ABCS meeting adopts “Vision 2020”
Let no one accuse the Alliance of British Columbia Students (ABCS) of being entirely defunct. On May 14th and 15th the fledgling student group met at the University of British Columbia’s Okanagan campus for its annual general meeting. In addition to hearing from presenters and going through workshops, students at the meeting adopted Vision 2020, a policy document for the years to come.
Small meeting highlights declining membership
The ABCS once declared itself the largest student group in British Columbia, which was arguably true for a time. Now, the organisation has just five member schools, some of which engage very little in the group at all. The Langara Students’ Union, for example, could scarcely be called an active students’ union in its own right and does no policy or campaign work in any significant way. Most of the largest schools that were affiliated or helped with campaigns, UBC AMS, the University of Victoria UVSS, and the Simon Fraser University SFSS, have exited the group for various reasons.
In past years, annual general meetings of the ABCS were nearly celebratory in discussion and pride in the newly formed organisation. Elected students from various affiliated schools took group selfies and the students’ unions tweeted about the meetings. However, at this meeting the group tweeted a photo of their annual general meeting that showed about 15 attendees. The Kwantlen Student Association and the Capilano Students’ Union, the leading schools in the ABCS, were mostly silent on the meeting in social media.
Previous annual general meetings
Since its inception, the ABCS has been marred with financial issues. The group has not found a workable solution to the year-to-year inconsistency of student organisations, which is evident in the minutes of previous annual general meetings.
“Some members expressed concern over the absence of the Langara Student Union and the Royal Roads University Student Association in the list of owed expenses, but these are doubtful accounts as the LSU has not been an active participant, and as the RRUSA does not exist.” – Minutes of the November 15, 2015 annual general meeting of the ABCS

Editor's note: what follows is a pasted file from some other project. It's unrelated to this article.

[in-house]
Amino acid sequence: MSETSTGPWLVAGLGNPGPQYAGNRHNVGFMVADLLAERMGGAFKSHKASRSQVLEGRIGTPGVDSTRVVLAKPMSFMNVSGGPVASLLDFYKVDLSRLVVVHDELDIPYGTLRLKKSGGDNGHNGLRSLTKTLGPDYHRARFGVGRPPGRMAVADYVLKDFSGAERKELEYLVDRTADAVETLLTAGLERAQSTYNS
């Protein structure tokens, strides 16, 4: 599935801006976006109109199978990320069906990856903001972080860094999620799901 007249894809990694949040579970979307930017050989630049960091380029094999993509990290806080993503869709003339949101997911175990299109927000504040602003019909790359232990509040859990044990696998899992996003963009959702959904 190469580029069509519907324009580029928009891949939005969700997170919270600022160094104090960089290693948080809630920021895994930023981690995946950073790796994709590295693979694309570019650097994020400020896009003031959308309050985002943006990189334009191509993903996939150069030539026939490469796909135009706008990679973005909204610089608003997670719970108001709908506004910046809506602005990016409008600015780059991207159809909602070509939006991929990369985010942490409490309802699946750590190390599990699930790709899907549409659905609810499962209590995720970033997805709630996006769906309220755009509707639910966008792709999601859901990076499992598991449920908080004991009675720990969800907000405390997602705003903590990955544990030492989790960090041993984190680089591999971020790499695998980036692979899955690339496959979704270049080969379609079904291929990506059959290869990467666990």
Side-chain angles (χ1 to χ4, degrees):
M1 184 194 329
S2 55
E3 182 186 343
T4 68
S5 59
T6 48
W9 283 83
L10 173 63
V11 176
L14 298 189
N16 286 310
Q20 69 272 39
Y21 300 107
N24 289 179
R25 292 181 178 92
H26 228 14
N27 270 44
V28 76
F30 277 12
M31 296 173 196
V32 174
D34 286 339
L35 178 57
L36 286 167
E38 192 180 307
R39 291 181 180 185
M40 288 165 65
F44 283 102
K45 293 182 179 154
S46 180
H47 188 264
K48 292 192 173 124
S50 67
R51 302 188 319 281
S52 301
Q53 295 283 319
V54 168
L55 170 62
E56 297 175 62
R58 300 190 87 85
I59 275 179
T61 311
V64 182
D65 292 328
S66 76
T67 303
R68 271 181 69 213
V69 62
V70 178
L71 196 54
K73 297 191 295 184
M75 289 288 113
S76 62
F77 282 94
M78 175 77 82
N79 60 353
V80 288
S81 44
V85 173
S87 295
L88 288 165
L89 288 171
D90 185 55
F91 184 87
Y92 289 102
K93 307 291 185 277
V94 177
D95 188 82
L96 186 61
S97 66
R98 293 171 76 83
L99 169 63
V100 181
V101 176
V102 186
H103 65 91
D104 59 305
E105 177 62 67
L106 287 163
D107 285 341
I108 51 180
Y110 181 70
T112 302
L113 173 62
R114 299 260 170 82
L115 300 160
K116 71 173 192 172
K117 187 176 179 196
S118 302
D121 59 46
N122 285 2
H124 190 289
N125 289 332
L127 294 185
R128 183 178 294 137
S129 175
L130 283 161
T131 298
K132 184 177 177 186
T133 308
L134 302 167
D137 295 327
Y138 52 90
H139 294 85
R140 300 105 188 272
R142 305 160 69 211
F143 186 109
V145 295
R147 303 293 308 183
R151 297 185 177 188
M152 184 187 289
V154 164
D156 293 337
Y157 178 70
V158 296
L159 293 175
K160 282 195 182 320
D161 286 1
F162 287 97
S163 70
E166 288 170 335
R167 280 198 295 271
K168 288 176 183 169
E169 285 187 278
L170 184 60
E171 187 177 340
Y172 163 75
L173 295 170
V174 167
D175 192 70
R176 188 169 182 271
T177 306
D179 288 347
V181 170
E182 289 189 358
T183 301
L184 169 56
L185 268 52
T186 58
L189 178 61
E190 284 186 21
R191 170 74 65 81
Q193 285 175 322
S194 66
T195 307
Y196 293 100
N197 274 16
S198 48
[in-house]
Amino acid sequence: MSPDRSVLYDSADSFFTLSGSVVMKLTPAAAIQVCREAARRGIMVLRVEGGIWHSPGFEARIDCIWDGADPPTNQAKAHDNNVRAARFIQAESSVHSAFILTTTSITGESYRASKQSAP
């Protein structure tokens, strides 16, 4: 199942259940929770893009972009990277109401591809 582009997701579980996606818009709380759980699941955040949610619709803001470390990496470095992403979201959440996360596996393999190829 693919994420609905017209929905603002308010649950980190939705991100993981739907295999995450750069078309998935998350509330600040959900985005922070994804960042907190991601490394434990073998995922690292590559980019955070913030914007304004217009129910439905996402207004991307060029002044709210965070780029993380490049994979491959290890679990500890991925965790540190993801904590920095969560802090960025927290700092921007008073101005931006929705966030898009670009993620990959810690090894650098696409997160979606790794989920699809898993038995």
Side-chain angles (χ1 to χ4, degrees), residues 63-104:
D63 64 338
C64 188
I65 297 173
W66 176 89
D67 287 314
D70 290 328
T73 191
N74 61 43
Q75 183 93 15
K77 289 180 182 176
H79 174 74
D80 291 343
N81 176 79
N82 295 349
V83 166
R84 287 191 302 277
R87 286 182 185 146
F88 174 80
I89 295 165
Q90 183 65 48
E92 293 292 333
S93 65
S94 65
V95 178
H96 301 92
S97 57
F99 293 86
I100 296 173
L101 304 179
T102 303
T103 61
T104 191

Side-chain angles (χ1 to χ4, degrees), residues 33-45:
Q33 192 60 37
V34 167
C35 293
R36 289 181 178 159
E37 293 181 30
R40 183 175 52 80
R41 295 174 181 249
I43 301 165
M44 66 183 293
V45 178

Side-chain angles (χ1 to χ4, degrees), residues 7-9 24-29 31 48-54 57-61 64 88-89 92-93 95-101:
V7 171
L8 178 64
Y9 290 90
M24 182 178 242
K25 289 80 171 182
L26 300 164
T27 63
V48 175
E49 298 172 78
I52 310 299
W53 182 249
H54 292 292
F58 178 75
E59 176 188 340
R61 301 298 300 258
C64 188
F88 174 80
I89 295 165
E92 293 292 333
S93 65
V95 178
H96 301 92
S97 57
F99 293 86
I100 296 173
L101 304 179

“Discussion on CSU and BCITSA will not be able to pay fees as stipulated in the main motion, given that their budget does not align as ABCS’ physical year.“(sic) – Minutes of the January 31, 2015 annual general meeting of the ABCS
The decline of the ABCS is reflected clearly in its annual general meeting minutes, some of which are available on their website. Financial troubles, waffling members of the board of directors, and inactive students’ union members have all contributed to the groups inability to build.
“The organization is owed $6,186.46 from a number of student societies, but also owes $10,049.71 to both member student societies and former members. There is $2,027.30 in the account. … The focus, at the present time, should be maintaining enough of a bank balance to “keep the lights on.”” – Minutes of the November 15, 2015 annual general meeting of the ABCS
Though there are motions to adopt campaigns and policy positions in some of the ABCS annual general meeting minutes, there isn’t much to prove this translating to real work for students who pay into the group. While the ABCS held a lobby week in 2016 at the legislature in Victoria, the British Columbia Institute of Technology Student Association and Camosun College Student Society also held a lobby week in the same semester. The biggest lobby victory earned by students in the 2015-2016 academic years was legislation requiring schools to have sexual assault policies, which was nearly single handed the work of the University of Victoria Student Society (who left the ABCS).
Although it was announced that the ABCS adopted its Vision 2020 document at the meeting, none of the documents or the Vision itself is available online. The ABCS declined to share the information when asked. The Western Student will provide coverage of Vision 2020 when it is released.